More than four out of five said caregiving has negatively impacted their emotional health
Denville, NJ, September 25, 2017 – Caring for someone with Alzheimer’s disease is a fact of life for one third of New Jersey residents. In a recent survey conducted by Fairleigh Dickinson University’s PublicMind on behalf of Alzheimer’s New Jersey, one-third (29%) of the respondents said that they are currently or have taken care of someone with Alzheimer’s disease or other form of dementia. Women caregivers outnumbered men, with 33% of women and 25% of men serving in that role. The majority of caregivers are essentially spread equally between the 35-59 and 60+ age groups, yet 16% of 18-34 year olds also serve in that role.
Alzheimer’s New Jersey® (formerly the Alzheimer’s Association, Greater New Jersey Chapter) is a non-profit organization whose mission is to respond to the needs of people in New Jersey who are affected by Alzheimer’s disease and other dementias, by providing programs and community partnerships that increase awareness and access to services.
Alzheimer’s is taking a toll on New Jersey caregivers’ lives. More than four in five (85%) said that caring for someone with Alzheimer’s disease has had a negative impact on their emotional health. Women are hit harder than men, with more women (42%) than men (31%) saying it has affected their emotional well being “a great deal.” The “sandwich generation,” people caring for both their growing families and their aging parents, felt the most dramatic impact on their emotional health. More respondents ages 35-59 (47%) than in any other age group said they experienced a great deal of negative emotional effects.
Family relations are also put under pressure. Overall, 72%, or nearly three in four, said their family relations are strained by caregiving, with that concern being voiced fairly equally across all age groups.
One of the contributing factors to caregiver stress and strain is the amount of time it takes, in addition to normal daily tasks. The survey shows that 51% of caregivers spend more than 20 hours per week on caregiving activities. Overall, 27% devote more than 40 hours per week.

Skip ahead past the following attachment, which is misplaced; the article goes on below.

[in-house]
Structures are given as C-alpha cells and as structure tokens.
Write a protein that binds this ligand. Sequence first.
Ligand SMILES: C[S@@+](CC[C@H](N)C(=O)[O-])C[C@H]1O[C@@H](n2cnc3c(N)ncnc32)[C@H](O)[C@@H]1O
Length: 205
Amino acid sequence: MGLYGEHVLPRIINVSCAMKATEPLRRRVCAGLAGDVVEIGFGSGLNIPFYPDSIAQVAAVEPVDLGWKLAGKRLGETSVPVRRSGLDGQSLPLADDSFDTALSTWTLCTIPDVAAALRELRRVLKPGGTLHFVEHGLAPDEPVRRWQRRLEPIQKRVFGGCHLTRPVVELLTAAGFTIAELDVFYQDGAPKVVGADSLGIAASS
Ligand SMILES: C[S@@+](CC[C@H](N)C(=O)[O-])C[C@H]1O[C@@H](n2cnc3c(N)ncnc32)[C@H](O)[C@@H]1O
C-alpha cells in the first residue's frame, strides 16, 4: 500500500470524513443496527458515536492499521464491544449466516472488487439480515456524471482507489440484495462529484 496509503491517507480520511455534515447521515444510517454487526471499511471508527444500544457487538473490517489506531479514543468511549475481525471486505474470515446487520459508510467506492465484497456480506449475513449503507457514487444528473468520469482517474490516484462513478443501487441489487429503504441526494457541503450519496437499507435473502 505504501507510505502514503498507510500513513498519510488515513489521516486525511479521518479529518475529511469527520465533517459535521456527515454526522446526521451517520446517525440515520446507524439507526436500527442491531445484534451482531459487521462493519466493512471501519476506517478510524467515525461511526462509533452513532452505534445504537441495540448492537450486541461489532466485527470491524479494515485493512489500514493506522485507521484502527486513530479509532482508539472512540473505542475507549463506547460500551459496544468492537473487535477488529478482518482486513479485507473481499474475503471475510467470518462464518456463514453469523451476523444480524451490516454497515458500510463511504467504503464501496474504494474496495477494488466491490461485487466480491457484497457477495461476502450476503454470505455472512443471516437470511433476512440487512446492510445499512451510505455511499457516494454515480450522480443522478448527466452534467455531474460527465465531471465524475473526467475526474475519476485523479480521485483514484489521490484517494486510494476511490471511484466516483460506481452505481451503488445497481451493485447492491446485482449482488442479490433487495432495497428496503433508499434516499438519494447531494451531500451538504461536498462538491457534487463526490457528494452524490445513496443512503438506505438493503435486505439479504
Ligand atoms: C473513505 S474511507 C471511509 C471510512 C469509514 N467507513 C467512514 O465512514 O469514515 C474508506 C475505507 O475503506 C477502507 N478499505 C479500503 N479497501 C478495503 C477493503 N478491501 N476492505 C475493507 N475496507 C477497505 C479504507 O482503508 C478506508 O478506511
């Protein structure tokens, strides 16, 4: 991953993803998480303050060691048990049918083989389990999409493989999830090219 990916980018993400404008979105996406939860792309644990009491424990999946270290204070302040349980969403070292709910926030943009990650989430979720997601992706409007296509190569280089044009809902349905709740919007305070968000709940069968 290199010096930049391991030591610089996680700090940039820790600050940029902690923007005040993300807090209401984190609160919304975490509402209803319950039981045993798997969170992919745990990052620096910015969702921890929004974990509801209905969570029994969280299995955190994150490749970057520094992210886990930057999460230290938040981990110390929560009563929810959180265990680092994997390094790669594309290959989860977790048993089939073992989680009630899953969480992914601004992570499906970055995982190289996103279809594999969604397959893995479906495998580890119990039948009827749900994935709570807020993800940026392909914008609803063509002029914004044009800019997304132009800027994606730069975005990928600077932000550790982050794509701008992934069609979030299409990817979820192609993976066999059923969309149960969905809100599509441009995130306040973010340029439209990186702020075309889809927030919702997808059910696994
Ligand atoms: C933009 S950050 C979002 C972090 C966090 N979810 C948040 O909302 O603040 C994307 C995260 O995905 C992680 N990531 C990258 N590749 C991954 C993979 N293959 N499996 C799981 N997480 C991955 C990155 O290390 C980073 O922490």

Getting support is vital for the Alzheimer’s caregiver. When asked how many family members assist in the caregiving, the majority (53%) said they receive help from one or two other people. Only 16% do it alone, with more women (22%) than men (8%) providing unassisted care.
“These findings show that not only are there a significant number of people serving as caregivers – one third of the state of New Jersey – but that it takes an enormous toll on them, beginning with their emotional health. We know that caregiving can be overwhelming, which can lead to feelings of stress, isolation, lack of control and depression,” said Ken Zaentz, President and CEO of Alzheimer’s New Jersey. “New Jersey caregivers need help, and that’s what we are here to provide. Our wide range of community programs and services offer hands-on support for families that are impacted by Alzheimer’s disease and other forms of dementia and include our Respite Care and Wellness Program, Family Support Groups, Community Education Programs and Helpline.”
Additional findings show that overall, 65% say that their financial situation has been impacted. This factor is equally felt across gender and all age groups. Impact on physical health was the lowest ranking factor, but not insignificant – a full 60% said that caregiving affected their physical well-being.
About Alzheimer’s Disease
Alzheimer’s disease is an irreversible, progressive brain disorder that slowly destroys memory and thinking skills, changes behaviors and, eventually, the ability to carry out everyday tasks.
About Alzheimer’s New Jersey
Since 1985, Alzheimer’s New Jersey has provided care and support for New Jersey families and has helped advance research for a cure. As Alzheimer’s New Jersey (formerly known as Alzheimer’s Association, Greater New Jersey Chapter), their commitment to local programs and services is stronger than ever. Their mission is to respond to the needs of people in New Jersey who are affected by Alzheimer’s disease and other dementias, by providing programs and community partnerships that increase awareness and access to services.
Visit alznj.org or call 888-280-6055.
About the Survey
The Fairleigh Dickinson University PublicMind telephone survey was conducted in September, 2017, with 700 New Jersey adults, and was funded by Alzheimer’s New Jersey. Utilizing best practices in survey methodology, PublicMind undertakes research nationally and throughout New Jersey.